Close-up shot of the Monarch™ Platform for Bronchoscopy

      The Monarch™ Platform for Bronchoscopy can access hard-to-reach areas of the lung.

      “The lungs are like a tree, with airways, branches and deep areas of foliage that older technology can’t reach,” explains Dr. Cumbo-Nacheli. “The Monarch bronchoscope articulates and takes turns inside the lung, allowing me to biopsy multiple spots within minutes.”

      “I was so thankful that the biopsy went smoothly.”

      Getting the results that would change her life

      “Afterward, one of the doctors on my multispecialty team said he had hard news and good news. The hard news was that I had cancer; the good news was that it was a carcinoid, or a slow-growing tumor. It was a relief to know that the cancer wasn’t aggressive and seemed to be contained.

      If my doctor hadn’t gotten that sliver to biopsy, they never would have known there was cancer in my lung. To me, that was an absolute miracle.
      Deborah Borst

      The pathologist discovered that the mass was about the size of an elongated grape, and at the very tip was a 3-millimeter tumorlet, which was the carcinoid. If my doctor hadn’t been able to reach that sliver to biopsy, they never would have known there was cancer in my lung. To me, that was an absolute miracle.

      I would need to have a lobectomy, a surgery that removes the affected lobe of the lung. It seemed like good news when I considered the other possibilities, such as having to go through chemotherapy. By August 2021, I was cleared to have the procedure.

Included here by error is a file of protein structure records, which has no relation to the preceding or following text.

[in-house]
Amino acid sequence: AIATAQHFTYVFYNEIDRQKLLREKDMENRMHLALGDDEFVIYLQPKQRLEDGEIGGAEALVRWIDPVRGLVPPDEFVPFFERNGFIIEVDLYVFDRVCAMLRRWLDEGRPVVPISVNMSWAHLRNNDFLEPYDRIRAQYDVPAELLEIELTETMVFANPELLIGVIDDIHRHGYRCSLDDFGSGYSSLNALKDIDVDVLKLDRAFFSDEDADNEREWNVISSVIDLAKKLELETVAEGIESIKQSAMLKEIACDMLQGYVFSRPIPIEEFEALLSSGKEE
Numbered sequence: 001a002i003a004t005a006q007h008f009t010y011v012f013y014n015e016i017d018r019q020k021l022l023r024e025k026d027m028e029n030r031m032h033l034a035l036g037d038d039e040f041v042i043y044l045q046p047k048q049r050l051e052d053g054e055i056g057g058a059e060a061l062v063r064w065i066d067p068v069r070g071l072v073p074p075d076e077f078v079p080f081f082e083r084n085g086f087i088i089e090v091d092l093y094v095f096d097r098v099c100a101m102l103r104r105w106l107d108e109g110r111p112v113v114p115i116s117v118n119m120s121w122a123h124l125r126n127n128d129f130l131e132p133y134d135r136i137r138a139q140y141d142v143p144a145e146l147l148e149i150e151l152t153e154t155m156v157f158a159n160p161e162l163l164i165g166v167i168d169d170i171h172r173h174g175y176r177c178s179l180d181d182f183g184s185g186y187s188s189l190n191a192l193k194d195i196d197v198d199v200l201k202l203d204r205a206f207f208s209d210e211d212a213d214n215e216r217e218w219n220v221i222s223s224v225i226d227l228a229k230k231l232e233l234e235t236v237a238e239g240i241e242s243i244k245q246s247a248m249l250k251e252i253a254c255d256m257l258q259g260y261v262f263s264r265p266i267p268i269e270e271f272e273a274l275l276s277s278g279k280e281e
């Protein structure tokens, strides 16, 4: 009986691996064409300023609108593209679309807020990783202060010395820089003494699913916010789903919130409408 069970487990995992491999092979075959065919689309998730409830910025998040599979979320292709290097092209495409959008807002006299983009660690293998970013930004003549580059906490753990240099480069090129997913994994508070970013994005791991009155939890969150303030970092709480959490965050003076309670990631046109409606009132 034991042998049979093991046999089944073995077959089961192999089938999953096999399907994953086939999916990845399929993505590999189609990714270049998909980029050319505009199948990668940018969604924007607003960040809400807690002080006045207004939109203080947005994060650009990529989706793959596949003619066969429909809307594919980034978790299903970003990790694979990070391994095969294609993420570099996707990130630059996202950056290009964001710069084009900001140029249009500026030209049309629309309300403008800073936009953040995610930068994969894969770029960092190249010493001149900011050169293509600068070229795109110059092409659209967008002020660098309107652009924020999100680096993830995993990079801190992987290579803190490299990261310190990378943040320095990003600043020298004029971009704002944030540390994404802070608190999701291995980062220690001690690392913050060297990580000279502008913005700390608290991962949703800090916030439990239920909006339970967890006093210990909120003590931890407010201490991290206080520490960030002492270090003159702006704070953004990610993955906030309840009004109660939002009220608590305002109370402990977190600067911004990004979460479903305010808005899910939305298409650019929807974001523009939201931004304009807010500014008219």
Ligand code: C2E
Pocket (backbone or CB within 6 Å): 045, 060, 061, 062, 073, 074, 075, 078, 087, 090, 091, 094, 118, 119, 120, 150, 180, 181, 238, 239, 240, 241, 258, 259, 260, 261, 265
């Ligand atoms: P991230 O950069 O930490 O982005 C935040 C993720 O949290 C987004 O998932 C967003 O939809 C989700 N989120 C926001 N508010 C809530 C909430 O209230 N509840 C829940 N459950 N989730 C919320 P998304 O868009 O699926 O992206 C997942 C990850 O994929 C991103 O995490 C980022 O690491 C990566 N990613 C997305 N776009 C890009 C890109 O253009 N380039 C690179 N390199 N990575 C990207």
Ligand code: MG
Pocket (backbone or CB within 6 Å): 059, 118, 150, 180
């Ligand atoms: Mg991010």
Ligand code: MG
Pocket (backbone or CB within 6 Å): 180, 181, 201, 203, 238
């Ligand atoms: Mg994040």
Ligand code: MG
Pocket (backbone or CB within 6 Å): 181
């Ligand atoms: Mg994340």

Because of my overall health, I was a good candidate for robotic surgery to remove my affected lobe. I’d never had a major surgery in my life and everything went well.

      My surgeon also took samples of my lymph nodes to test for cancerous cells (this would determine whether or not I needed additional treatment). When I got the call to say that my nodes were clear, I felt so thankful.”

      Life after cancer

      “With any cancer you’re still considered a cancer patient for at least five years. So even though my outcome was so positive, I had a follow-up CT a few months after surgery. I’ll get a scan every six months for two years and then once a year after that.

      I don’t fool myself into thinking nothing else could go wrong. I’ve had some smaller concerns since my lobectomy, including basal cell carcinoma on my nose, but overall I’ve been in good health.

      I love gardening, birding and hiking. I also serve as a health advocate and am on the boards of a retreat center and a ministry to adults experiencing homelessness as a result of mental illness.

      Deborah Borst, a lung cancer survivor, standing by the river in Loch Ness, Scotland

      I also love traveling and have been all over the world. At the end of June I’m going to visit Prince Edward Island. Traveling is just another example of how I’m seizing the day.

      Not a day goes by that I’m not thankful for the gift of life. Having cancer and going through the surgery has intensified my desire to live every day to its fullest.

      Looking back, I’m thankful for that kidney stone. It made me realize there are a lot of miracles in life.”

      More ways Johnson & Johnson is working to fight lung cancer

      See how researchers are developing preventive approaches for early detection, creating new therapies and more.